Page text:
I-85 Collapse: Three Arrests After Major Fire Under Atlanta Highway

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ATLANTA (CNN) — Three people were arrested Friday (Mar. 31) in connection with a huge fire that caused part of an elevated interstate running through Atlanta to collapse, the Atlanta Fire Rescue Department said.

Fire department spokesman Cortez Stafford said one woman and two men were arrested.

The three are thought to be homeless, Georgia Deputy Insurance and Safety Fire Commissioner Jay Florence said.
Florence identified one suspect as Basil Eleby who was arrested on suspicion of first-degree criminal damage to property.

Investigators think he started the fire intentionally, Florence said. Eleby is still in jail after being taken into custody. If convicted, he faces one to 10 years in prison.
Sophia Bruner and Barry Thomas face criminal trespassing charges, Florence said.

Drivers in one of the nation’s most congested cities faced a jarring new reality Friday Mar. 31) as they were forced to game out how to get around a collapsed portion of Atlanta’s Interstate 85 — one of the Southeast’s major north-south arteries.

A mysterious fire collapsed part of I-85 northbound Thursday evening — injuring no one — and also damaged the southbound portion, forcing the closure of all five lanes in each direction for the foreseeable future.

The shutdown likely sets the city up for traffic headaches for months after creating navigation hell Thursday with jams that extended five miles or more and stranded motorists for hours.

The closure comes at a sensitive time for a city accustomed to gridlock — with hordes of spring break vacationers poised to drive though the regional hub and the Atlanta Braves set to play a preseason game Friday night in their new stadium northwest of the city.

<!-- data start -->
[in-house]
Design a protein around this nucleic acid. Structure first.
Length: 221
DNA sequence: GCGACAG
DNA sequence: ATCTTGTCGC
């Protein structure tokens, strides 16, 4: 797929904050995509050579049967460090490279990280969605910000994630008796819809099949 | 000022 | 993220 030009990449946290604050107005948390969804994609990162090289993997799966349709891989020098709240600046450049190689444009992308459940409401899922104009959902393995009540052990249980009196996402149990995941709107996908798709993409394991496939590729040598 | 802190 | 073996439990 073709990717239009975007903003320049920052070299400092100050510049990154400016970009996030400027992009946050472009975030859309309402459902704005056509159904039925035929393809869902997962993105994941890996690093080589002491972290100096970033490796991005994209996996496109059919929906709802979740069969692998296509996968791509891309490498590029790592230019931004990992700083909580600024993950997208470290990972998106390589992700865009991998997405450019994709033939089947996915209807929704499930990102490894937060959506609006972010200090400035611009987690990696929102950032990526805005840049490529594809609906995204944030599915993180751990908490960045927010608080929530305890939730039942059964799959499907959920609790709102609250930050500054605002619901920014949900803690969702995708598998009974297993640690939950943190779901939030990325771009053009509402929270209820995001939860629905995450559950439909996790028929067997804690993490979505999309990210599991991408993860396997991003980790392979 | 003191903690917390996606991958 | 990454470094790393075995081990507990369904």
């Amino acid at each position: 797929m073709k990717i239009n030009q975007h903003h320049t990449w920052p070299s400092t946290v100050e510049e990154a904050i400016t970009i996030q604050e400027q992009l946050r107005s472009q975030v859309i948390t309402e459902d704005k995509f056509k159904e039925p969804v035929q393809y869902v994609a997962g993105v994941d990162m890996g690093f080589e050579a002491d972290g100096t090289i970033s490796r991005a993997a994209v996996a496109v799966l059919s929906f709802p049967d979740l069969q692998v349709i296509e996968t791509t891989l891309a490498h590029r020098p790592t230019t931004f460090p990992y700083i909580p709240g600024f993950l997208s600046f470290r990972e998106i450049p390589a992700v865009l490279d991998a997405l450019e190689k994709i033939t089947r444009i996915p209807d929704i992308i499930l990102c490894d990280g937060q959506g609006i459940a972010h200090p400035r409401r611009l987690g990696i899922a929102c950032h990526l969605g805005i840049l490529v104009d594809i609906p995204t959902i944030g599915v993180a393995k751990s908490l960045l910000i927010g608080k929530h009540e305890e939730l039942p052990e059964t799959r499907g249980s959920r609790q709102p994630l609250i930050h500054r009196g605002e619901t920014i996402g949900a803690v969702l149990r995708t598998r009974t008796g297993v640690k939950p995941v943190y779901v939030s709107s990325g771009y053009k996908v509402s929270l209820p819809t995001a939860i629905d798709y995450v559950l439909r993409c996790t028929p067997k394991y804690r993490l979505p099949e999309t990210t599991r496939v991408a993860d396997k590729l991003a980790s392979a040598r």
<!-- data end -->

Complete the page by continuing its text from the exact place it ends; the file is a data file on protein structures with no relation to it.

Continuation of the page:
“I think it’s as serious a transportation crisis as we could have,” Atlanta Mayor Kasim Reed said Thursday evening.

• It will take “at least several months” to rebuild the collapsed and otherwise damaged portions of I-85, Georgia Department of Transportation Commissioner Russell McMurry told reporters Friday afternoon.

• Three sections of northbound I-85 — including the part that collapsed — and three sections of southbound I-85 will have to be replaced, McMurry said. That’s 350 feet of highway — nearly a football field — in each direction, he said. Demolition of these sections started Friday and will last into Monday, McMurry said.

• The cause of the fire isn’t known, McMurry said.

• The fire started in a fenced-in area under the expressway where the state stores construction materials, McMurry said. Those materials include what he first said were PVC pipes but then said they were HDPE — high-density polyethylene — pipes.

• Measuring the traffic impact with that section of I-85 closed, there has been a 50% increase on Interstate 285 that rings the city and a 25 percent increase in traffic on major streets near the closed area, he said.

The fire started Thursday (Mar. 30) evening under I-85 in northeast Atlanta, north of the highway’s split with I-75.
At first, I-85 motorists drove through the smoke, and firefighters fought the flames below. It eventually grew into a massive fireball.

“There was a 40-feet or higher wall of fire. Power lines were falling and arcing heavily and falling in the streets,” Sgt. Cortez Stafford, a spokesman for the Atlanta Fire Department, told CNN.

The elevated span of highway collapsed about 7 p.m. as crews battling the fire got out of danger’s way, fire officials said.

As concrete began falling from under the bridge, firefighters were asked to step back, Stafford said. “Not even two minutes later, the highway fell with a big ‘kaboom.’ (It) knocked our guys back.”

While the highway is normally jammed with cars around that time, there were no fatalities, Reed said.

More than 220,000 cars per day are estimated to drive through that stretch of the interstate.

Officials scrambled to come up with alternate routes and encouraged riders to use public transit.

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